Rob Carter has made it his mission through Jaron Ministries International to help connect the makers of faith-based films with local churches looking for family entertainment. His latest effort is a red carpet event for the feature film “Where Hope Grows” scheduled for Saturday, May 16.
“Our mission is to learn in advance about these movies and market them to local ministers and churches so they can better use the films as teaching tools,” Carter says.
“Where Hope Grows” features Kristoffer Polaha (“Life Unexpected”) as a former major league baseball player dealing with a life that has no focus and a daughter with whom he can’t relate. His alcoholism and lack of faith is keeping him from finding any hope for a better tomorrow.
He finally finds a way out through Produce (first-time actor David DeSanctis), a young man with Down Syndrome who works at the local market. The two become the most unlikely of friends.
Never miss a local story.
Polaha and DeSanctis will be at the local red carpet event to be held at Edwards Cinemas, 250 Paseo Del Centro. Director/writer Chris Dowling is also scheduled to attend.
“Where Hope Grows” has many of the elements of a faith-based movie but Dowling wants to reach a larger audience than those who are drawn to such productions. He’s calling his movie “faith-based lite.”
“A lot of faith-based films are very exclusive. That means if you aren’t already on the team, you aren’t going to be excited about that film,” Dowling says. “My goal was to make this film inclusive.”
Dowling calls the term “faith-based” a marketing tool that is a double-edge sword. It’s good when it can motivate believers to go to the theater. But it can also turn away some people. The director prefers to look at his movie as one that has faith organically in it but generally has a broad appeal.
He’s found that those who have seen the film, who don’t have a strong faith, have found it inspirational. A lot of that has to do with the performance by DeSanctis.
Dowling wants to bring attention to how uninformed most people are when it comes to dealing with someone with Down Syndrome. The movie makes a strong case that derogatory words used to describe those with Down Syndrome are extremely offensive.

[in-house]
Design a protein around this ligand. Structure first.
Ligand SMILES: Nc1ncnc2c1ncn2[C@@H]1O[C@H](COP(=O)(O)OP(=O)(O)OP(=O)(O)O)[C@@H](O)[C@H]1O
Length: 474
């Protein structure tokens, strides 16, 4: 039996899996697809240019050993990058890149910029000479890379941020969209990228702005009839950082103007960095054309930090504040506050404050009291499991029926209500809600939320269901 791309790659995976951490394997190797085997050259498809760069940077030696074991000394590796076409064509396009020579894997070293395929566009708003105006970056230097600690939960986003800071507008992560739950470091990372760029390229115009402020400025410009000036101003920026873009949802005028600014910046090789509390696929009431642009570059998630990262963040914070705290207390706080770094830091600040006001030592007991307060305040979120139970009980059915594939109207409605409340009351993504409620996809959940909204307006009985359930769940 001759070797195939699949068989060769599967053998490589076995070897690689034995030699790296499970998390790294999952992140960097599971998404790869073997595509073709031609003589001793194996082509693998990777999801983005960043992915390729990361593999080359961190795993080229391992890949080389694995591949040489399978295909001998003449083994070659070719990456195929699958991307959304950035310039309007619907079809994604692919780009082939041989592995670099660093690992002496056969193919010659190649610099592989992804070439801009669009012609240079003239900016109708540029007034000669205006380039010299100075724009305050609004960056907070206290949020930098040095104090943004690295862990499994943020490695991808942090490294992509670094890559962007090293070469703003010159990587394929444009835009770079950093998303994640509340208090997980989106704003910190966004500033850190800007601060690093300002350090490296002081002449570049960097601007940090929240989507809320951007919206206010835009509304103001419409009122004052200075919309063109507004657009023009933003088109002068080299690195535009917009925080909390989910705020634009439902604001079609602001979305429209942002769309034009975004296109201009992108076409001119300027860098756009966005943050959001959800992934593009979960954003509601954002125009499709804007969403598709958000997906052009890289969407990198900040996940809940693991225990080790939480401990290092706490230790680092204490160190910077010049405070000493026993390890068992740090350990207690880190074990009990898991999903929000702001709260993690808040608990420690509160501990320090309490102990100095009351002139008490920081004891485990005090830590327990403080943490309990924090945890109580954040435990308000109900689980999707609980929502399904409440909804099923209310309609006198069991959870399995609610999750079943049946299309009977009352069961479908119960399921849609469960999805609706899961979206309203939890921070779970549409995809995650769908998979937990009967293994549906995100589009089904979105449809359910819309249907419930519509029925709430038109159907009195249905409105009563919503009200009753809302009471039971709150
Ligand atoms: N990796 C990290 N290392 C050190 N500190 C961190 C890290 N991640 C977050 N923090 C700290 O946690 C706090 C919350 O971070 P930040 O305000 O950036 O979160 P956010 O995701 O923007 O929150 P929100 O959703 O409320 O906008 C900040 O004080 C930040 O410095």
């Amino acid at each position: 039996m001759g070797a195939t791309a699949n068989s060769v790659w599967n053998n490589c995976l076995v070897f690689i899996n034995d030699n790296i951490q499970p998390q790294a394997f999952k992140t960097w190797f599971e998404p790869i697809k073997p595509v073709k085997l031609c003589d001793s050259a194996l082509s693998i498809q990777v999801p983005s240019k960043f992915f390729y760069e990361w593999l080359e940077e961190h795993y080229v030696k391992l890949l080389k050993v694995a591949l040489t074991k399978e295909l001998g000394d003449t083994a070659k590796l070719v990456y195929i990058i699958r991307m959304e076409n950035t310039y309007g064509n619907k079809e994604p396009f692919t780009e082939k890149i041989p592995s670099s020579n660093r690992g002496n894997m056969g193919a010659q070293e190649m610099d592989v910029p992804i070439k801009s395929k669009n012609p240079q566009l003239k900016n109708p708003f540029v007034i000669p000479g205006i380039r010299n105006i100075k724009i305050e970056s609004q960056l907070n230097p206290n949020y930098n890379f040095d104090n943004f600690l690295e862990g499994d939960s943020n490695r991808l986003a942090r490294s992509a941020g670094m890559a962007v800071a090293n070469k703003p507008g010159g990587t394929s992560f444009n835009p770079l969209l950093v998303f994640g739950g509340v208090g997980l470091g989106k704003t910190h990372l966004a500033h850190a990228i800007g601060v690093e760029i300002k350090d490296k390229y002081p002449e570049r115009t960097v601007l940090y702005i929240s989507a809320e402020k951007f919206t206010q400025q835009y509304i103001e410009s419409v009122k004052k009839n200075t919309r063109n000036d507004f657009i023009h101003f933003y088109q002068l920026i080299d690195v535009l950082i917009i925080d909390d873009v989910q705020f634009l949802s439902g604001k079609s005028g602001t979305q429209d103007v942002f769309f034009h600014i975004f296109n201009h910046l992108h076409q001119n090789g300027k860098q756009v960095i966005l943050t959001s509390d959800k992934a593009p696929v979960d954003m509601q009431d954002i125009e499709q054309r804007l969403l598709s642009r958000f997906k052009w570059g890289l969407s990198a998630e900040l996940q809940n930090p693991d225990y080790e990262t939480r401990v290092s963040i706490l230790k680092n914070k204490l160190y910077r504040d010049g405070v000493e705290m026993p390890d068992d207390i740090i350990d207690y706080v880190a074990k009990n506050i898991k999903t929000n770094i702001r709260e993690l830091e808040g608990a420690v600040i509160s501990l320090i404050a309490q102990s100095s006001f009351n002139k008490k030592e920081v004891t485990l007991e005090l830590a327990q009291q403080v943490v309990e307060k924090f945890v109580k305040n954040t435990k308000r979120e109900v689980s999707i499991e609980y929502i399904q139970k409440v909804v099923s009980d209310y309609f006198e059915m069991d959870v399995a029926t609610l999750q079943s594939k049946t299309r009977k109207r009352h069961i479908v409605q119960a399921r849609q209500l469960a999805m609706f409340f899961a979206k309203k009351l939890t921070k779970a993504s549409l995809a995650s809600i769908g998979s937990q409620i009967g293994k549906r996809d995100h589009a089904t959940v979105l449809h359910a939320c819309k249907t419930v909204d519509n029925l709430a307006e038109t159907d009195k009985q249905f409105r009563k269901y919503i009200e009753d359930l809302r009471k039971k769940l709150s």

“We are truly inundated with these out-dated, ill-conceived stereotypes,” Dowling says. “I want people to understand that Down Syndrome doesn’t define a person.”
This isn’t a film that preaches. The director embarrassingly admits that he’s been ignorant in some cases when dealing with someone with Down Syndrome. When he first sat down with DeSanctis to read the script, Dowling wasn’t even certain if DeSanctis could read.
“I found out he had already memorized most of the script,” Dowling says. “I turned to my director of photography and said ‘We are going to be all right.’”
He cast DeSanctis — not the best actor to audition for the role — because of “a star quality.”
DeSanctis — a whirlwind of happy energy — wasn’t looking for an acting career when Dowling came to Kentucky to shoot the movie. He had just been laid off from his job and the film looked like an opportunity to work.
Being in the film gives him a chance to promote his work to help ban the use of the word “retard.”
“Chris Dowling made the whole cast and crew sign a pledge to end the use of the R-word,” DeSanctis says.
This ties into the red carpet event being a fund-raiser for Break the Barriers, a local organization that promotes programs that enhances the abilities of all people. The schedule includes: nonprofit booth displays, noon-3:30 p.m.; live performances, 3:30 - 5 p.m.; appearance by the film stars, 5 p.m.; VIP reception, 5:30-6:30 p.m.; and actors speak to audience before the film stars, 7 p.m.